An important ability when witnessing is being able to tell a sincere question from an insincere one. After all, you cannot effectively reply to a question when the asker is not interested in an answer.

First, notice how a question is postulated. For example, some people ask, If God can do anything, can He create a stone so heavy that He couldn’t lift it?” The postulation, “if God can do anything,” is a presumption that He can’t do certain things, and so must not be omnipotent.

In a sense, that postulation is true: God can’t do certain things, not because of a weakness, but because of His strength. He cannot violate His perfections (also known as His attributes). God cannot sin because He is all holy; God cannot lie, because He is all Truth. God cannot do anything that would make Him less than God. But the person asking the question is usually trying to trap you into stating something God cannot do as though it would be a weakness instead of a strength.

Questions are not sincere when the person asking merely wants to reveal a flaw or mistake they already believe exists. For example, somebody will point out a difference in the genealogies presented in Matthew and Luke. They will ask, “Which genealogy is the correct one?” The presumption of error does not allow you to answer the question.

Either the person is insincere, or they do not know how to properly frame the question. You might say, “Did you want to know why there is a difference between these genealogies?” If the answer is yes, you can provide meaningful information…that one is the genealogy of Joseph, and the other of Mary.

Sometimes, in order to give an honest answer, you must reframe a person’s question, or get them to reframe it. If they’re unwilling to reframe a question so that it no longer has an underlying presumption, then the question is insincere.

Another way that you can tell whether a question is sincere is by what a person does when you answer. It’s proper for a person to acknowledge that you’ve answered a question, and to interact with that answer in some way. If they disregard your answer and go on and ask another question, you can be sure that they are not looking for answers; they are looking to stump you.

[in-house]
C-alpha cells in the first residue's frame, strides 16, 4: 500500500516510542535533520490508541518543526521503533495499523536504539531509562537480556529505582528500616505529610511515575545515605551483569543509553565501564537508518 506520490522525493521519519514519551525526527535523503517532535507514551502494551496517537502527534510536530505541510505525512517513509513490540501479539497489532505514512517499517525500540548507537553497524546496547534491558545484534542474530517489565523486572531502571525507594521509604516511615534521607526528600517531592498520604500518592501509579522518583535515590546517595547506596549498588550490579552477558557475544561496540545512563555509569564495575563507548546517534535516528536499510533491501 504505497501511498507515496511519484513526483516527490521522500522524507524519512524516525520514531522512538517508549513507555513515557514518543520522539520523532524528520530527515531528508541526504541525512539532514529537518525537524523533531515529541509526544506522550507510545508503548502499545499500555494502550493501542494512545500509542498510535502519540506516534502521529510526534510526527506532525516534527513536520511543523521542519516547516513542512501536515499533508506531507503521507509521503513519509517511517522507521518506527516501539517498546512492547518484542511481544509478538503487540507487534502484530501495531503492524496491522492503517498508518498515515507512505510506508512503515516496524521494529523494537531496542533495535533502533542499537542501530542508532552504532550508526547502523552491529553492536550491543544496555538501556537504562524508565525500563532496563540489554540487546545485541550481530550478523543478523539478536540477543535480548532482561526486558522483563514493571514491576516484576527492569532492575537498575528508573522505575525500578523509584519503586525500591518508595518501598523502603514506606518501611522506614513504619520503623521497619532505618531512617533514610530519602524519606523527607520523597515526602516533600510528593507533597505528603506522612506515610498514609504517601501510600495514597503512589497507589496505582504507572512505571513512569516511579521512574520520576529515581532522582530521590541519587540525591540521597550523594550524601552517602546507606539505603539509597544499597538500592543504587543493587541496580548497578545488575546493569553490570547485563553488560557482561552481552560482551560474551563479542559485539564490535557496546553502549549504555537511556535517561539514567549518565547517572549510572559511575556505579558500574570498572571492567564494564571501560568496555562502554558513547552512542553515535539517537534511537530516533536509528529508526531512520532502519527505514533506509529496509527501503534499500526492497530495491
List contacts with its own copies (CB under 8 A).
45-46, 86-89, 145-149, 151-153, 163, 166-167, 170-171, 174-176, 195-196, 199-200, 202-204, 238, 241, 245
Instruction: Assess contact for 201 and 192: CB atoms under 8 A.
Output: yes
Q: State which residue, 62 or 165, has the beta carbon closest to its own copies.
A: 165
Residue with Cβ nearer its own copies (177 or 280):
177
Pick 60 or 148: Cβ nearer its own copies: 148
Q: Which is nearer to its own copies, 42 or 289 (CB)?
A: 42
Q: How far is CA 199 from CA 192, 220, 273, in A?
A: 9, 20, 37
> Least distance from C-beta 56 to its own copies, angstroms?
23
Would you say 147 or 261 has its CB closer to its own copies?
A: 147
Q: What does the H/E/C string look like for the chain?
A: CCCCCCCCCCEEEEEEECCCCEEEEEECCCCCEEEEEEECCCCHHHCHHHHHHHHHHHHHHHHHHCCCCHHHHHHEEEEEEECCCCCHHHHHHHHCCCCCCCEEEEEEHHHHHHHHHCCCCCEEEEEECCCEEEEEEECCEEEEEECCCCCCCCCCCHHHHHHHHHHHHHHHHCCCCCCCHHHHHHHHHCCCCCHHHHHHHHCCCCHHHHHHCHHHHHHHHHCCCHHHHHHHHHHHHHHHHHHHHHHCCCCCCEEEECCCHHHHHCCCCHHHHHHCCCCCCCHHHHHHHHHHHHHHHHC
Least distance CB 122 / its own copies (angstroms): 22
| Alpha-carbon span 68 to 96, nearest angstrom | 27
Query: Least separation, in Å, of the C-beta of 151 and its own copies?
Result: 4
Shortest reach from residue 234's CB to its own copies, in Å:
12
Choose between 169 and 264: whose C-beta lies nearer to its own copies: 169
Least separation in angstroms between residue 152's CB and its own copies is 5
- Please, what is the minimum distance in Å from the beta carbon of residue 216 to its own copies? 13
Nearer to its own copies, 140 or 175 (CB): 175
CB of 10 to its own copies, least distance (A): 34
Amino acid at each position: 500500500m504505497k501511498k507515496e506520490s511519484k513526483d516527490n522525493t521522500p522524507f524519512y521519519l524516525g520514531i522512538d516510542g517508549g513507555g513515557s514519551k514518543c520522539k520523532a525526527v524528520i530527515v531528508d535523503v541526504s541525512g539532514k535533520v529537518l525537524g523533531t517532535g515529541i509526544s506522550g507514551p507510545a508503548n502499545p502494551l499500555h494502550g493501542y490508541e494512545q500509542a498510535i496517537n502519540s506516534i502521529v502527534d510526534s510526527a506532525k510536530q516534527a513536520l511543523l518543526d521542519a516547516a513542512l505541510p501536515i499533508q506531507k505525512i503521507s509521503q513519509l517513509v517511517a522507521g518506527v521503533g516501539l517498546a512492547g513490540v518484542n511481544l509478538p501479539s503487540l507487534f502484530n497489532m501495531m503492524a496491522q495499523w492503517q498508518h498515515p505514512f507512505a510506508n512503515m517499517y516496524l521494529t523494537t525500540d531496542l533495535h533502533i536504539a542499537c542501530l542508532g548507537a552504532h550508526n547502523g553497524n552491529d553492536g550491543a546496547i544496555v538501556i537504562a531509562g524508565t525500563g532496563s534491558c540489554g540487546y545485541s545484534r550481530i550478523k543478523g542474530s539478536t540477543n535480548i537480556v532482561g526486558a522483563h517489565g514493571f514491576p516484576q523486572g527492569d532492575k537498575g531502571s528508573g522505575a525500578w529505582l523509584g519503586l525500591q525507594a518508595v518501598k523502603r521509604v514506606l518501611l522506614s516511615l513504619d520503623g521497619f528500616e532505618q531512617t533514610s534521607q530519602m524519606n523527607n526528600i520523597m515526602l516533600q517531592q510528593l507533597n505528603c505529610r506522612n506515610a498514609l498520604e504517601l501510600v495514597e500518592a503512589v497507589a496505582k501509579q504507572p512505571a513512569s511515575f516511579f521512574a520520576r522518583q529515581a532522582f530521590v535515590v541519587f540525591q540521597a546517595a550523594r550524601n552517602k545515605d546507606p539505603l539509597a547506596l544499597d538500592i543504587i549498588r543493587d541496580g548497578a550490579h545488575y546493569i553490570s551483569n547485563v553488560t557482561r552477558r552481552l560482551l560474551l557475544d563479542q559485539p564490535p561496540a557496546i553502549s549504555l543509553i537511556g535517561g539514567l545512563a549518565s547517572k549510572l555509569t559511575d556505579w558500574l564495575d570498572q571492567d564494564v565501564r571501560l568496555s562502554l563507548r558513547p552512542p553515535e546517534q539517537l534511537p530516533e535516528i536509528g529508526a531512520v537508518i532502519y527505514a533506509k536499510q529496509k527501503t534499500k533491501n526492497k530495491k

In my online witnessing I was challenged yet again over the suffering servant passage that begins in Isaiah 52:13. A Jewish man said that it could not be the Messiah; it had to be Israel, and those for whom the sacrifice was made were the Gentiles. I showed him why that interpretation could not be right. After I answered the challenge, the man treated me like I had said nothing, and went on to the next question on his list.

When someone offers me insincere questions or challenges, I just smile and say, “Now if I could answer that question for you, are you willing to receive Jesus as your Savior? Is this the one big thing that’s standing in your way?” And at that point, they usually change the subject. However, an insincere question can lead to better things.

One time I was visiting in a home and talking to the wife, who had made an inquiry. The husband was also there. He raised his voice, and said, “Well, tell me this: how can a man become God like Jesus did?” I answered by saying, “You have it backwards. Jesus the man didn’t become God. God the Eternal One became a man. Do you see anything wrong with His doing that if He chooses to do it?”

And the husband said, “No. It sure makes sense that He would become a man if He wanted us to understand Him.” That was a sincere question, even though it was not properly framed. He went on to accept Christ that night.

The husband had simply repeated a question that he had heard in a sermon from a rabbi who was speaking on the topic, “Why Jews Don’t Become Christians.” He remembered the question and asked me. He realized by my answer that the question had been an unfair one, because Christianity never taught that a man became God.

The other way of dealing with questions, if you can’t answer them, is to say, “I’ll get back to you on that.” Most of the time, your own pastor can answer the question for you. If not, you can always try Jews for Jesus. That’s what we’re here for.